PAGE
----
B'nai Jeshurun is gay friendly, with the only restriction on marriage being that both parties must be Jewish. Their social justice revolves in part around helping the homeless.

It was when my friend James Croft asked our host what B'nai Jeshurun had meant to her in her own life that I saw the real power of such a community. She was literally staggered by the question. Tears came to her eyes. "I've never been asked that," she said, searching for words, "I'll have to email you." She was overwhelmed with emotion, unable to articulate the depth of her relationship to this community and this religion. As a child she had been raised in the Jewish faith, but it had all seemed so distant sterile. As a woman, she had been kept away from vital parts of her faith, and was not allowed to fully participate. But here at B'nai Jeshurun she found a real connection.

That faith, however, is not an absolute dictation of truth from on high. I was only a little surprised to hear that atheists are welcomed at B'nai Jeshurun. In fact many of those who are active members are atheists or agnostics, freethinkers and naturalists. The rabbi leading the service in song and speech at one point mentioned calling on "angels or agents" or whatever metaphor makes you comfortable. Judaism in this context becomes a set of symbols useful for explaining and explicating a moral view of the world centered on autonomy, spiritual fulfillment and social justice, not a set of statements about the actual nature of the universe.

The music was provided by violin, guitar, and cello. It was upbeat and nicely paced, but it also reminded me of an Enrico Morricone score for a spaghetti western: hopeful, fun and ironic but also maybe a little sad and existential. The voices of the two rabbis leading the service were cool and melodious, and the lyrics were delivered with the easy confidence of accomplished performers.

The congregation sang along when appropriate, and clapped their hands and stomped their feet to keep the beat. And then, at a cue that I completely missed, we were encouraged to get up and dance.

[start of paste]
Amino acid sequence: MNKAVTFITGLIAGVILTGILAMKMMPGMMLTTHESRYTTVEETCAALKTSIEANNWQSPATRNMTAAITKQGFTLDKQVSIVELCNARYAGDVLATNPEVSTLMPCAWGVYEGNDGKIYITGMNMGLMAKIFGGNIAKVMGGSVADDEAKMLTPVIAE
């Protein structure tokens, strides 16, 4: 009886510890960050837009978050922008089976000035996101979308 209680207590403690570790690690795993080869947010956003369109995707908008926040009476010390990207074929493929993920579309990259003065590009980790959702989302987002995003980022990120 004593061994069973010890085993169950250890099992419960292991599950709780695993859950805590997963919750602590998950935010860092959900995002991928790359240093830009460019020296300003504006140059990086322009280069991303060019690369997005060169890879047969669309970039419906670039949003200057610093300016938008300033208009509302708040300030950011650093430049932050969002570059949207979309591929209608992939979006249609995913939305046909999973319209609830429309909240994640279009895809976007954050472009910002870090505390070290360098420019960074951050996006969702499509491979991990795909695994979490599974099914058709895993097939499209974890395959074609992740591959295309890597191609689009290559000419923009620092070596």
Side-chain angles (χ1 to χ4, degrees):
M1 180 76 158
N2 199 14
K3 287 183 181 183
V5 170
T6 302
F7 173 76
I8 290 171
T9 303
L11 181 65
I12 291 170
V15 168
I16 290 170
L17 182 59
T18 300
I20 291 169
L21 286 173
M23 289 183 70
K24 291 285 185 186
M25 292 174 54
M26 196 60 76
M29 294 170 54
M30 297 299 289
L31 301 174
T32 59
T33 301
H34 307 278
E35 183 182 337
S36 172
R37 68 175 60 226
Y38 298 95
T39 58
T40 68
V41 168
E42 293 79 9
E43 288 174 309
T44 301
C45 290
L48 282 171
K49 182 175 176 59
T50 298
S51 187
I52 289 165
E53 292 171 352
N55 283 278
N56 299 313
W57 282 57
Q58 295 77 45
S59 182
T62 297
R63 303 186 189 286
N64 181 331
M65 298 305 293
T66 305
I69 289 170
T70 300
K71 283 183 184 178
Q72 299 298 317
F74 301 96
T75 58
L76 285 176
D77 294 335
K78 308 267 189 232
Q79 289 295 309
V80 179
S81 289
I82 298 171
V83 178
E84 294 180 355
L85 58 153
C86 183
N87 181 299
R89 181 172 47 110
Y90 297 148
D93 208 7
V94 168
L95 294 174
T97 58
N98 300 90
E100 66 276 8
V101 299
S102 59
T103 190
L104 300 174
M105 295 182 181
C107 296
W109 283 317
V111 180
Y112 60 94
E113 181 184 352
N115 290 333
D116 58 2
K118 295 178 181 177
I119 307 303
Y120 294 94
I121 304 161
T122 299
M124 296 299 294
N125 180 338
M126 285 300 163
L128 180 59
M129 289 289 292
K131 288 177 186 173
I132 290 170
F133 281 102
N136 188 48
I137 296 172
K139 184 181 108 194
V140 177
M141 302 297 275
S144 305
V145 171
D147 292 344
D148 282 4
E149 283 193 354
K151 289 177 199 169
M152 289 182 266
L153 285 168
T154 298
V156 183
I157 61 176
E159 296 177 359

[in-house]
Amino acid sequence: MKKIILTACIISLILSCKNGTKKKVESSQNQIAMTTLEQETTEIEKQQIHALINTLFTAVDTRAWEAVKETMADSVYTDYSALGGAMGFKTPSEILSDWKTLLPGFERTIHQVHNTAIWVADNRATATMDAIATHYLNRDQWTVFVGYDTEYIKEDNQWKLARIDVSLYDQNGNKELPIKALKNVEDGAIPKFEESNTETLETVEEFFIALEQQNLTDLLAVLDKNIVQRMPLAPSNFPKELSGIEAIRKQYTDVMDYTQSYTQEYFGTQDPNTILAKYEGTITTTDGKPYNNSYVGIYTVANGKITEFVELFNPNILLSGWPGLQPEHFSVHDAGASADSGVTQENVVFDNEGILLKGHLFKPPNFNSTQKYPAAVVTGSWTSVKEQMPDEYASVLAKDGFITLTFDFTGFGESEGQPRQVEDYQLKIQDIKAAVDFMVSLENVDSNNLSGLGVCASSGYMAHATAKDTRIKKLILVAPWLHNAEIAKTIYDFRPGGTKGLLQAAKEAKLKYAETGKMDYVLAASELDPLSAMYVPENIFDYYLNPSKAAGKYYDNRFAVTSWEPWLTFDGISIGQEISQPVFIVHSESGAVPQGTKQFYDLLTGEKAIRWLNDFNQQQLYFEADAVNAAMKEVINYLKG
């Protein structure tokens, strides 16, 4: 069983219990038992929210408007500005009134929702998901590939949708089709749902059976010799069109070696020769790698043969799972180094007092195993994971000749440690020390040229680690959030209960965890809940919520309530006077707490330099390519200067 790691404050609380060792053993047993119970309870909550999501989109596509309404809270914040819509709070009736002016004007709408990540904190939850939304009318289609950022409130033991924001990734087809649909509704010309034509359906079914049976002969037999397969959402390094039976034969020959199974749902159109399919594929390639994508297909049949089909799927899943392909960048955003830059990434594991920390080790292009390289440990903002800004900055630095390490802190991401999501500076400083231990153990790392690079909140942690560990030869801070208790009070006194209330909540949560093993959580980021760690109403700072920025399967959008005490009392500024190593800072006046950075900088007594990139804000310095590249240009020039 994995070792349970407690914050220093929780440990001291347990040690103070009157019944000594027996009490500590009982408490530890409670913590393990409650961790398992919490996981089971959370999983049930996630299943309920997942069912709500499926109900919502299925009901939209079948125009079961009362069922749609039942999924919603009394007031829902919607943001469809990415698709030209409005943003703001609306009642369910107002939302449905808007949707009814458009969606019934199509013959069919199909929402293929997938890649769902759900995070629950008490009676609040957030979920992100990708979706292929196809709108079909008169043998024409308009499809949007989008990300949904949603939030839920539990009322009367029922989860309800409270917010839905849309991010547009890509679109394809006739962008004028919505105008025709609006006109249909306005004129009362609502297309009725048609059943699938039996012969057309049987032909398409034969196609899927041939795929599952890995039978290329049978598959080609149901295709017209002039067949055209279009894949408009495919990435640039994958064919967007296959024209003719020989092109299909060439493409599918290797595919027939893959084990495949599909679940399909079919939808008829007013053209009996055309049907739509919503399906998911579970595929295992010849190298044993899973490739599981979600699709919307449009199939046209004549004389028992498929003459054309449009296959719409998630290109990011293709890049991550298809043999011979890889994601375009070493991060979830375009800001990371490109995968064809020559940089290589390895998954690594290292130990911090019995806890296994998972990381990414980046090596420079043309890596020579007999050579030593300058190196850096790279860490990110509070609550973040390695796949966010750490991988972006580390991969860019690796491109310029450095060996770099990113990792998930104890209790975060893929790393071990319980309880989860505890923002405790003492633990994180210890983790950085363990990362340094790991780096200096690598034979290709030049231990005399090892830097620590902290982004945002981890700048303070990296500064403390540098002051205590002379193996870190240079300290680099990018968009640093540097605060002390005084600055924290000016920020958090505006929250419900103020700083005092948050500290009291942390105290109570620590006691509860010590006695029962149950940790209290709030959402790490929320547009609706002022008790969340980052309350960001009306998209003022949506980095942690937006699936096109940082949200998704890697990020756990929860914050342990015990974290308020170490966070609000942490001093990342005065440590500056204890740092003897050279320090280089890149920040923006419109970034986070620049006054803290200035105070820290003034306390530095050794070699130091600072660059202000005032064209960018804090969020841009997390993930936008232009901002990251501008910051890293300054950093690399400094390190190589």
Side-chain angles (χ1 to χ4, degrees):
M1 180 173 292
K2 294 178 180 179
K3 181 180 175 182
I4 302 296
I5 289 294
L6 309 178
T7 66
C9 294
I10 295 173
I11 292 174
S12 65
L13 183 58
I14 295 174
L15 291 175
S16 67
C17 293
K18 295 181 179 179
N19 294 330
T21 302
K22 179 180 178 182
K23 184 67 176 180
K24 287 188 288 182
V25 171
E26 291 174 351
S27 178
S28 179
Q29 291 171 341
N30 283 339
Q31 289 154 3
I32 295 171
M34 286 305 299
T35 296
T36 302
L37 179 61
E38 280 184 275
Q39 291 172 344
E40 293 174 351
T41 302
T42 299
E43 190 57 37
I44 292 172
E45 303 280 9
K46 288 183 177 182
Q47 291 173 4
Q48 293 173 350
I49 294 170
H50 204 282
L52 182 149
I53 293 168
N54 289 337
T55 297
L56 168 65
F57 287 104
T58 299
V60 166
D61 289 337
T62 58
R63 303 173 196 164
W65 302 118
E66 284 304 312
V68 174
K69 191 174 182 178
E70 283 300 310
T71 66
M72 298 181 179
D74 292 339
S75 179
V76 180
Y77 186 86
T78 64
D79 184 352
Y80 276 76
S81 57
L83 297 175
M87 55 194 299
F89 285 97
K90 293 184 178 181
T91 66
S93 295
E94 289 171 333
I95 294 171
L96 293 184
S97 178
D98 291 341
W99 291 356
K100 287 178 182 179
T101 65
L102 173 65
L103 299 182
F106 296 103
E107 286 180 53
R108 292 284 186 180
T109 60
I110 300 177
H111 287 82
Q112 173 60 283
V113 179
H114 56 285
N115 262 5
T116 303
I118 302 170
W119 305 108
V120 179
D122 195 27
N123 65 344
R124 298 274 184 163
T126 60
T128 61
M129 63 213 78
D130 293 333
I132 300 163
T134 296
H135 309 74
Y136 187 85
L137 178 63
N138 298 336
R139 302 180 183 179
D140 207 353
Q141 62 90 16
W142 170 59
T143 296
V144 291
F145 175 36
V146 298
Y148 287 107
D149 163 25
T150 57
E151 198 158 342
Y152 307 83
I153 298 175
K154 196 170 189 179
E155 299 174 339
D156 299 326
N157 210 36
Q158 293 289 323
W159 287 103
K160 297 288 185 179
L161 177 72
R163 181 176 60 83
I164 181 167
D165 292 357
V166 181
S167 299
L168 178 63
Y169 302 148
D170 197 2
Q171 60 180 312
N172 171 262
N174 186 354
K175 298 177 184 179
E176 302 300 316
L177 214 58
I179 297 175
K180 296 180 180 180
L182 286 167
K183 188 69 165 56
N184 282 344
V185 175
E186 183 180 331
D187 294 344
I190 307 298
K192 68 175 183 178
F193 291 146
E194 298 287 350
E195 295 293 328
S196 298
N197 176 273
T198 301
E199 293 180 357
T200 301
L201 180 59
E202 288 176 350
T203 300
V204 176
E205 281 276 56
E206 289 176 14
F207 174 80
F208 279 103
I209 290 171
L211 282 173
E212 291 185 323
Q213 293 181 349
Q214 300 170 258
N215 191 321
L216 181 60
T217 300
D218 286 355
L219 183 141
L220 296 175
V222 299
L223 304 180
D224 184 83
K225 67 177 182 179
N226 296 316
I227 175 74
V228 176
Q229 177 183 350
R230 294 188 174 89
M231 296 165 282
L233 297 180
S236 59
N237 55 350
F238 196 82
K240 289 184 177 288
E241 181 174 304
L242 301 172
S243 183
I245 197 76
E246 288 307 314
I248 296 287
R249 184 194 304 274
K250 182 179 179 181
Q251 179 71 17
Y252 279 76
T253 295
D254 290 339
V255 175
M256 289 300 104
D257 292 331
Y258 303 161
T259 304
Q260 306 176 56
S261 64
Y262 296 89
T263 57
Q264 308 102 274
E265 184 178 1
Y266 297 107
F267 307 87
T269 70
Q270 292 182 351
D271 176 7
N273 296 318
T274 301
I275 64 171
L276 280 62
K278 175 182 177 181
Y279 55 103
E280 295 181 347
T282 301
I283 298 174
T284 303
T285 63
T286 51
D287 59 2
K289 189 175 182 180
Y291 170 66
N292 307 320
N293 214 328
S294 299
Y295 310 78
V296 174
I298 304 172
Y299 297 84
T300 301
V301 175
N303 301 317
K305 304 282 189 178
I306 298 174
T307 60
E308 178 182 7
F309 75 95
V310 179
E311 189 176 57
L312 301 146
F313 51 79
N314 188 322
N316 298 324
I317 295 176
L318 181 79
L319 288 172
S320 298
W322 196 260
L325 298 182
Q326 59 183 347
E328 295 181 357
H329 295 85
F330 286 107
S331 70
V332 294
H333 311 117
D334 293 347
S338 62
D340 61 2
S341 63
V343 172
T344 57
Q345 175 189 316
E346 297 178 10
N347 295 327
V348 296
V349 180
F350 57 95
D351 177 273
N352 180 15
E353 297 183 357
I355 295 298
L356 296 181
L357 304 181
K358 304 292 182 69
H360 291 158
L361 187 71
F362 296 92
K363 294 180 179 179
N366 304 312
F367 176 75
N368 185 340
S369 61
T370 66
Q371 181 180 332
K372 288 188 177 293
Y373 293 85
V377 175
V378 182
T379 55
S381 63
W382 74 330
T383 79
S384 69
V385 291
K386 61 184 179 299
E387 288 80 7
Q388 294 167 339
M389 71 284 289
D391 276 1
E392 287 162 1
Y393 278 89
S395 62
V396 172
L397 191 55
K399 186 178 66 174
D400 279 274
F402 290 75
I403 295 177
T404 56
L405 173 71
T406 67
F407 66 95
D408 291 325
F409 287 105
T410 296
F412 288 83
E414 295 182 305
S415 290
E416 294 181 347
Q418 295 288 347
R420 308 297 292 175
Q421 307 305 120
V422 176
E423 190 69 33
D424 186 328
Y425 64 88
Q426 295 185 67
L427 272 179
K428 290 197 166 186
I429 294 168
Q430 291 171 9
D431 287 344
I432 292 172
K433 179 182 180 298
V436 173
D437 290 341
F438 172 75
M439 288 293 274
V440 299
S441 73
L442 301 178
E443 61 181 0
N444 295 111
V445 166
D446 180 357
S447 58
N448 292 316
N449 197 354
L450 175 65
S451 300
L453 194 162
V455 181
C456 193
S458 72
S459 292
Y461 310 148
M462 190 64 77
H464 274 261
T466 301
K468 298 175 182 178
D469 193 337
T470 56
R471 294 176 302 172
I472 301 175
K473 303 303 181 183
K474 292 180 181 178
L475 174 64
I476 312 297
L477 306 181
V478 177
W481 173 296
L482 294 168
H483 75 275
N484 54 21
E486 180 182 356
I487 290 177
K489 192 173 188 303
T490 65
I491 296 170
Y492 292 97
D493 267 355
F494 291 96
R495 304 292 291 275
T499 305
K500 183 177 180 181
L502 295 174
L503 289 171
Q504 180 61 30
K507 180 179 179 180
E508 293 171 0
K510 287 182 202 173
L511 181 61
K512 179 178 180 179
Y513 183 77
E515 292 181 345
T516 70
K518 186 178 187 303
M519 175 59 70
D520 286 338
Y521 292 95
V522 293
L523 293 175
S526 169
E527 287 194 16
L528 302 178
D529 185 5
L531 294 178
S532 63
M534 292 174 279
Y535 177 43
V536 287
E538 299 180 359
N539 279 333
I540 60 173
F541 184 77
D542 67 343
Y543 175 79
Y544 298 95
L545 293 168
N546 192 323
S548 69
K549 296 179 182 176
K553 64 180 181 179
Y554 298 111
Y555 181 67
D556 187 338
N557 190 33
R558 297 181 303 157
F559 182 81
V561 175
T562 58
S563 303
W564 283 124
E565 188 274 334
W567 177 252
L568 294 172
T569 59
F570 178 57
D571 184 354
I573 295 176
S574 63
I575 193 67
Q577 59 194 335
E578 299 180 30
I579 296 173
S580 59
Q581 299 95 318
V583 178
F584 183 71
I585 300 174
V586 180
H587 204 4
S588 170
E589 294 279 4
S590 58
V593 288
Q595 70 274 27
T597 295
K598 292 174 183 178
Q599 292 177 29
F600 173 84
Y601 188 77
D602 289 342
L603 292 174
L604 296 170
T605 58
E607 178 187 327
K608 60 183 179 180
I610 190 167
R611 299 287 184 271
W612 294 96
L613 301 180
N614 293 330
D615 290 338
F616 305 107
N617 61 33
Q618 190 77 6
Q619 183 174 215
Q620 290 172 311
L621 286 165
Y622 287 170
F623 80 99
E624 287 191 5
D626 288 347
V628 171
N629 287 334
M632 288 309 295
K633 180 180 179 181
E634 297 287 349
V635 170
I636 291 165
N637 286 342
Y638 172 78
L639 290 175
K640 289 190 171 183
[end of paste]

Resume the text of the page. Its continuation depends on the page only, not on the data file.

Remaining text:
I got up out of my seat, joined hands with strangers, and was dancing in the aisles.

The dance came about two thirds of the way through the service, and if you were tired and your spirit was flagging then the rush of blood and adrenalin gained through dancing made sure that you were going to make it to the end of the service in high spirits. During the announcements our class was acknowledged and greeted. Also acknowledge was a group of teenage Girl Guides from Queensland Australia, who were spending some of their time in New York learning about world religions unknown to them in their part of their country. One of the girls told me, after the surface, that they have many refugees in their area, and that they know Christians, Hindus. Muslims and Sikhs, but no Jews. This service was their first experience of Judaism.

My overall impression of B'nai Jeshurun is that is was similar to Unitarian Universalism in some respects, but the B'nai Jeshurun community was infused with more energy, and instead of being informed by many faith traditions as UUs claim to be, it is informed by Judaism. The strong values of social justice and egalitarianism are great features, as is their commitment to dialogue with those of different faiths.